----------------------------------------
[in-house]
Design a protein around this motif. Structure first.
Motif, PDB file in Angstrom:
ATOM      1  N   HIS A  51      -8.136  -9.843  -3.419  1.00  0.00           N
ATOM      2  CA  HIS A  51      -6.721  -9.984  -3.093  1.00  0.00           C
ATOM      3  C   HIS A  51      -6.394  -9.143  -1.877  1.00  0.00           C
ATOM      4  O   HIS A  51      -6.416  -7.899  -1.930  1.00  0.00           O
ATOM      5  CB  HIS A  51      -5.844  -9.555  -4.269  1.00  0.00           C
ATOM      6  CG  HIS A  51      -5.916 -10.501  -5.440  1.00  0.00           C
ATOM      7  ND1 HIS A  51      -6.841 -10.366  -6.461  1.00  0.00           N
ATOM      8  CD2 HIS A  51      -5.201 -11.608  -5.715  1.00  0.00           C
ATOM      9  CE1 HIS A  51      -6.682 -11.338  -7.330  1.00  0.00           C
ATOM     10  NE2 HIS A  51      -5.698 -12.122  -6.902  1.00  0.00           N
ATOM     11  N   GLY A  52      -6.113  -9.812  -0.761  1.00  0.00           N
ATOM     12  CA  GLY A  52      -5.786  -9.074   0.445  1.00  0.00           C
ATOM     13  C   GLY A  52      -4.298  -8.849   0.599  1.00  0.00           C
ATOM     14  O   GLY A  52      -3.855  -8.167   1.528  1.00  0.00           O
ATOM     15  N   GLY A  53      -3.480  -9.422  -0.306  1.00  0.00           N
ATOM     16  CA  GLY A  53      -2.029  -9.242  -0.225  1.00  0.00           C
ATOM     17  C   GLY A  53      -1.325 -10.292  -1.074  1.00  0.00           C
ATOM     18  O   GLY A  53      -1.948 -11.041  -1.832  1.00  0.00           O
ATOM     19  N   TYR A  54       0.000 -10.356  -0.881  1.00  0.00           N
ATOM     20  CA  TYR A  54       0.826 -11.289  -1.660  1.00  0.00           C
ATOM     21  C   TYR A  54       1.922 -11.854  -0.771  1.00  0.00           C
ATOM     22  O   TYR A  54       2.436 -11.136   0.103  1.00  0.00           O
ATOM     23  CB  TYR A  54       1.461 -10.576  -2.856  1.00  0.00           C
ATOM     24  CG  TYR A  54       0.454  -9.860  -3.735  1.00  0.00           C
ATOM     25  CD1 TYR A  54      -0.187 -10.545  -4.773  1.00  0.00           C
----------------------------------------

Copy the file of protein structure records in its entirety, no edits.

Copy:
[in-house]
Design a protein around this motif. Structure first.
Motif, PDB file in Angstrom:
ATOM      1  N   HIS A  51      -8.136  -9.843  -3.419  1.00  0.00           N
ATOM      2  CA  HIS A  51      -6.721  -9.984  -3.093  1.00  0.00           C
ATOM      3  C   HIS A  51      -6.394  -9.143  -1.877  1.00  0.00           C
ATOM      4  O   HIS A  51      -6.416  -7.899  -1.930  1.00  0.00           O
ATOM      5  CB  HIS A  51      -5.844  -9.555  -4.269  1.00  0.00           C
ATOM      6  CG  HIS A  51      -5.916 -10.501  -5.440  1.00  0.00           C
ATOM      7  ND1 HIS A  51      -6.841 -10.366  -6.461  1.00  0.00           N
ATOM      8  CD2 HIS A  51      -5.201 -11.608  -5.715  1.00  0.00           C
ATOM      9  CE1 HIS A  51      -6.682 -11.338  -7.330  1.00  0.00           C
ATOM     10  NE2 HIS A  51      -5.698 -12.122  -6.902  1.00  0.00           N
ATOM     11  N   GLY A  52      -6.113  -9.812  -0.761  1.00  0.00           N
ATOM     12  CA  GLY A  52      -5.786  -9.074   0.445  1.00  0.00           C
ATOM     13  C   GLY A  52      -4.298  -8.849   0.599  1.00  0.00           C
ATOM     14  O   GLY A  52      -3.855  -8.167   1.528  1.00  0.00           O
ATOM     15  N   GLY A  53      -3.480  -9.422  -0.306  1.00  0.00           N
ATOM     16  CA  GLY A  53      -2.029  -9.242  -0.225  1.00  0.00           C
ATOM     17  C   GLY A  53      -1.325 -10.292  -1.074  1.00  0.00           C
ATOM     18  O   GLY A  53      -1.948 -11.041  -1.832  1.00  0.00           O
ATOM     19  N   TYR A  54       0.000 -10.356  -0.881  1.00  0.00           N
ATOM     20  CA  TYR A  54       0.826 -11.289  -1.660  1.00  0.00           C
ATOM     21  C   TYR A  54       1.922 -11.854  -0.771  1.00  0.00           C
ATOM     22  O   TYR A  54       2.436 -11.136   0.103  1.00  0.00           O
ATOM     23  CB  TYR A  54       1.461 -10.576  -2.856  1.00  0.00           C
ATOM     24  CG  TYR A  54       0.454  -9.860  -3.735  1.00  0.00           C
ATOM     25  CD1 TYR A  54      -0.187 -10.545  -4.773  1.00  0.00           C